The civil rights movement has become national legend, lauded by presidents from Reagan to Obama to Trump, as proof of the power of American democracy. This fable, featuring dreamy heroes and accidental heroines, has shuttered the movement firmly in the past, whitewashed the forces that stood in its way, and diminished its scope. And it is used perniciously in our own times to chastise present-day movements and obscure contemporary injustice. In A More Beautiful and Terrible History award-winning historian Jeanne Theoharis dissects this national myth-making, teasing apart the accepted stories to show them in a strikingly different light.
Since his death on April 4, 1968, Martin Luther King's legacy has influenced generations of activism. Edited and with a lead essay by Brandon Terry, this volume explores what this legacy can and cannot do for activism in the present. King spent the months leading up to his death organizing demonstrations against the Vietnam War and planning the Poor People's Campaign, a "multiracial army of the poor" that would march on Washington in pursuit of economic justice. Thus the spring of 1968 represented a hopeful, albeit chaotic set of possibilities; King, along with countless other activists, offered both ethical and strategic solutions to the multifaceted problems of war, racism, and economic inequality.
This 21st-century activist's guide to upending mainstream ideas about race, class, and gender carves out a path to collective liberation. Drawing on Black intellectual and grassroots organizing traditions, including the Haitian Revolution, the U.S. civil rights movement, and LGBTQ rights and feminist movements, Unapologetic challenges all of us engaged in the social justice struggle to make the movement for Black liberation more radical, more queer, and more feminist. This book provides a vision for how social justice movements can become sharper and more effective through principled struggle, healing justice, and leadership development.
Praised by Harvard Law professor Lani Guinier as "brave and bold," this book directly challenges the notion that the election of Barack Obama signals a new era of colorblindness. With dazzling candor, legal scholar Michelle Alexander argues that "we have not ended racial caste in America; we have merely redesigned it." By targeting black men through the War on Drugs and decimating communities of color, the U.S. criminal justice system functions as a contemporary system of racial control - relegating millions to a permanent second-class status - even as it formally adheres to the principle of colorblindness.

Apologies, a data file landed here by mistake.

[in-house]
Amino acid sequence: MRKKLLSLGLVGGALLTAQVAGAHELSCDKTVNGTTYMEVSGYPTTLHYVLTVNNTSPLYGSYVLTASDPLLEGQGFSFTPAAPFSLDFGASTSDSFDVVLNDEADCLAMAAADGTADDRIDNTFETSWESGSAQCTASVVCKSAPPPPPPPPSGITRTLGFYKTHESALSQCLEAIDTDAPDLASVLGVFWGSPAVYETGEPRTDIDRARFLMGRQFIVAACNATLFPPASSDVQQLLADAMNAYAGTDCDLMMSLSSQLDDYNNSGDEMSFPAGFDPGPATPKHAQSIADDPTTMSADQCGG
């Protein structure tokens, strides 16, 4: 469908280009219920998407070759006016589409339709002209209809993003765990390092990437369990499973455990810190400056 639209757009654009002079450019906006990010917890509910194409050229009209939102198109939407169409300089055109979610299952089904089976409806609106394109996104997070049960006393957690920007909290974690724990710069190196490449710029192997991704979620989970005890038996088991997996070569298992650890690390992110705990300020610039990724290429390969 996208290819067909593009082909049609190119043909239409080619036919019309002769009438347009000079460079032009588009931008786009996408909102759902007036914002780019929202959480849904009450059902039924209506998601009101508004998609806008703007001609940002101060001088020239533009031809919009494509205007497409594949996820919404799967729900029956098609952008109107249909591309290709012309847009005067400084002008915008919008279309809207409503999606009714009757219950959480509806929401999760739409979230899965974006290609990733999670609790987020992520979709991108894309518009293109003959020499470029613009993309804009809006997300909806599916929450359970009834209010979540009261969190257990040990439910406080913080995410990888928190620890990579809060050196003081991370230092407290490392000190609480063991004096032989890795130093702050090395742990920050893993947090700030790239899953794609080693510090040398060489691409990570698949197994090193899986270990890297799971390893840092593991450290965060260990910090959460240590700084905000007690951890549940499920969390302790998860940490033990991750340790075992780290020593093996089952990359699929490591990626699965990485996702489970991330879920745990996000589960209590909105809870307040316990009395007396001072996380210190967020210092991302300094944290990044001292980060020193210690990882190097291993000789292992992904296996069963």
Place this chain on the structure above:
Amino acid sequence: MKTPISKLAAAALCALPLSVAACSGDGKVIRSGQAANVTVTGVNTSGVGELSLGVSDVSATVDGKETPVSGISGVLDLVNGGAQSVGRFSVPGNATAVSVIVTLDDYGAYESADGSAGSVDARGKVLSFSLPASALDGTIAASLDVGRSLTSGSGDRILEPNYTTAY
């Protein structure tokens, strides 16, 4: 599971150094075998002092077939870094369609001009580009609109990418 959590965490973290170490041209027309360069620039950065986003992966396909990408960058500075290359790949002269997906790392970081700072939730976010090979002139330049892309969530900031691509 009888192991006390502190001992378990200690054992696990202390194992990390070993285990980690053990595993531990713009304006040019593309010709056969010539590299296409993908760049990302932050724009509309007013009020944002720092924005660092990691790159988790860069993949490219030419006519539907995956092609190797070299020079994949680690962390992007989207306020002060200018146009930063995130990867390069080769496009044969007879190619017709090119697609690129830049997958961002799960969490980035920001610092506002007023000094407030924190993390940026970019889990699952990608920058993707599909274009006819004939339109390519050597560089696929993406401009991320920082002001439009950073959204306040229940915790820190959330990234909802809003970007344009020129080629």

In seventy poems bearing the same title, Terrance Hayes explores the meanings of American, of assassin, and of love in the sonnet form. Written during the first two hundred days of the Trump presidency, these poems are haunted by the country's past and future eras and errors, its dreams and nightmares. Inventive, compassionate, hilarious, melancholy, and bewildered - the wonders of this new collection are irreducible and stunning.
On August 28, 1963, something quite amazing occurred. On the day, one of the largest political rallies ever took place in support of civil and economic rights of African-Americans and Dr. Martin Luther King, Jr. gave one of the most stirring speeches in history, when standing in front of the Lincoln Memorial, he delivered his "I Have a Dream" speech. This book is a celebration of the 50th anniversary of this address and includes narrative and more than 100 captioned photos of the American Civil Rights movement.
As raw and unforgettable as the moment they were taken, these iconic images—never before published as a collection—document the historic Selma-to-Montgomery marches that turned the tide for African American voting rights.
Volume 2 of the Double Exposure series features iconic, as well as moving but less well-known, photographs of pivotal Civil Rights events with work by Spider Martin, Charles Moore, and Ernest Withers among other noteworthy and newly discovered photographers.